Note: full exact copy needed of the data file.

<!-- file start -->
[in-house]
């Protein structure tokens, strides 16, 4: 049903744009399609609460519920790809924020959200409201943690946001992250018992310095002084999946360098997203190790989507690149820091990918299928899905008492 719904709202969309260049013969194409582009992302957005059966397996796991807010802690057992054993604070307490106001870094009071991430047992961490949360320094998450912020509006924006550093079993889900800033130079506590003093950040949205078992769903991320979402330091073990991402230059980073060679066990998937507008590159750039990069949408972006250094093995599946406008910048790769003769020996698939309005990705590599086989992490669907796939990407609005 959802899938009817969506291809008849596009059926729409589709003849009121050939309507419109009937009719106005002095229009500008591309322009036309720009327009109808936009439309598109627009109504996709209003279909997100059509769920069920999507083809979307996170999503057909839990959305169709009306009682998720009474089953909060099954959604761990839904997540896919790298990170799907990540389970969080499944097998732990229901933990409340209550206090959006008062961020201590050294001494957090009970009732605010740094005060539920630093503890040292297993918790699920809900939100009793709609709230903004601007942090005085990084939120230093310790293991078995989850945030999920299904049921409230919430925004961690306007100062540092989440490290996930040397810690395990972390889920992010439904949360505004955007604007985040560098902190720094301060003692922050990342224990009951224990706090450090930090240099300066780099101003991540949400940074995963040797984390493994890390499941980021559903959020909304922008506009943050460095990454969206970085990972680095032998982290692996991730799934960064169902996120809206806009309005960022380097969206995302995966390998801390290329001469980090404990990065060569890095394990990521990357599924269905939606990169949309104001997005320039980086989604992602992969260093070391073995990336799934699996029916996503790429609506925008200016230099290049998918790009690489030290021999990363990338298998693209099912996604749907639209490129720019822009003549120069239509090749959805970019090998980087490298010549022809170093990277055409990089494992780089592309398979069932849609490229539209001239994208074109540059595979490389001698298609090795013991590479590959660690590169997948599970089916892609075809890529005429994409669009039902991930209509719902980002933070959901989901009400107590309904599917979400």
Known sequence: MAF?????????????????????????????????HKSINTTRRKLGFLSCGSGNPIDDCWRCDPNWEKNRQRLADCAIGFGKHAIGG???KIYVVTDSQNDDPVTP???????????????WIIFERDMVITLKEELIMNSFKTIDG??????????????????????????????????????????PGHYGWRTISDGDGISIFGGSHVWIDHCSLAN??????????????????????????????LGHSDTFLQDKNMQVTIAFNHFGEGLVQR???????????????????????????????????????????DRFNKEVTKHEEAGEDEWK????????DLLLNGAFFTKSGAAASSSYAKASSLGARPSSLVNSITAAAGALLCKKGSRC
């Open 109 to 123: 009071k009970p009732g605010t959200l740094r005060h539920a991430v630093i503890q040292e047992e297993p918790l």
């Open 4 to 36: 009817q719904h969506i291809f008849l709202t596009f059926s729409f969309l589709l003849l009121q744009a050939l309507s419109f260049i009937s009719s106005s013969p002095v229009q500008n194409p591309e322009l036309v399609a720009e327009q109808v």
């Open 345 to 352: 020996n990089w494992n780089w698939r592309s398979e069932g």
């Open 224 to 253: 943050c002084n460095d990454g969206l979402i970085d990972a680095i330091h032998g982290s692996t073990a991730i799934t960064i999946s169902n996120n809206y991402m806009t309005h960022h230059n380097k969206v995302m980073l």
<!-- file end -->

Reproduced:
[in-house]
């Protein structure tokens, strides 16, 4: 049903744009399609609460519920790809924020959200409201943690946001992250018992310095002084999946360098997203190790989507690149820091990918299928899905008492 719904709202969309260049013969194409582009992302957005059966397996796991807010802690057992054993604070307490106001870094009071991430047992961490949360320094998450912020509006924006550093079993889900800033130079506590003093950040949205078992769903991320979402330091073990991402230059980073060679066990998937507008590159750039990069949408972006250094093995599946406008910048790769003769020996698939309005990705590599086989992490669907796939990407609005 959802899938009817969506291809008849596009059926729409589709003849009121050939309507419109009937009719106005002095229009500008591309322009036309720009327009109808936009439309598109627009109504996709209003279909997100059509769920069920999507083809979307996170999503057909839990959305169709009306009682998720009474089953909060099954959604761990839904997540896919790298990170799907990540389970969080499944097998732990229901933990409340209550206090959006008062961020201590050294001494957090009970009732605010740094005060539920630093503890040292297993918790699920809900939100009793709609709230903004601007942090005085990084939120230093310790293991078995989850945030999920299904049921409230919430925004961690306007100062540092989440490290996930040397810690395990972390889920992010439904949360505004955007604007985040560098902190720094301060003692922050990342224990009951224990706090450090930090240099300066780099101003991540949400940074995963040797984390493994890390499941980021559903959020909304922008506009943050460095990454969206970085990972680095032998982290692996991730799934960064169902996120809206806009309005960022380097969206995302995966390998801390290329001469980090404990990065060569890095394990990521990357599924269905939606990169949309104001997005320039980086989604992602992969260093070391073995990336799934699996029916996503790429609506925008200016230099290049998918790009690489030290021999990363990338298998693209099912996604749907639209490129720019822009003549120069239509090749959805970019090998980087490298010549022809170093990277055409990089494992780089592309398979069932849609490229539209001239994208074109540059595979490389001698298609090795013991590479590959660690590169997948599970089916892609075809890529005429994409669009039902991930209509719902980002933070959901989901009400107590309904599917979400």
Known sequence: MAF?????????????????????????????????HKSINTTRRKLGFLSCGSGNPIDDCWRCDPNWEKNRQRLADCAIGFGKHAIGG???KIYVVTDSQNDDPVTP???????????????WIIFERDMVITLKEELIMNSFKTIDG??????????????????????????????????????????PGHYGWRTISDGDGISIFGGSHVWIDHCSLAN??????????????????????????????LGHSDTFLQDKNMQVTIAFNHFGEGLVQR???????????????????????????????????????????DRFNKEVTKHEEAGEDEWK????????DLLLNGAFFTKSGAAASSSYAKASSLGARPSSLVNSITAAAGALLCKKGSRC
């Open 109 to 123: 009071k009970p009732g605010t959200l740094r005060h539920a991430v630093i503890q040292e047992e297993p918790l």
């Open 4 to 36: 009817q719904h969506i291809f008849l709202t596009f059926s729409f969309l589709l003849l009121q744009a050939l309507s419109f260049i009937s009719s106005s013969p002095v229009q500008n194409p591309e322009l036309v399609a720009e327009q109808v």
């Open 345 to 352: 020996n990089w494992n780089w698939r592309s398979e069932g």
């Open 224 to 253: 943050c002084n460095d990454g969206l979402i970085d990972a680095i330091h032998g982290s692996t073990a991730i799934t960064i999946s169902n996120n809206y991402m806009t309005h960022h230059n380097k969206v995302m980073l």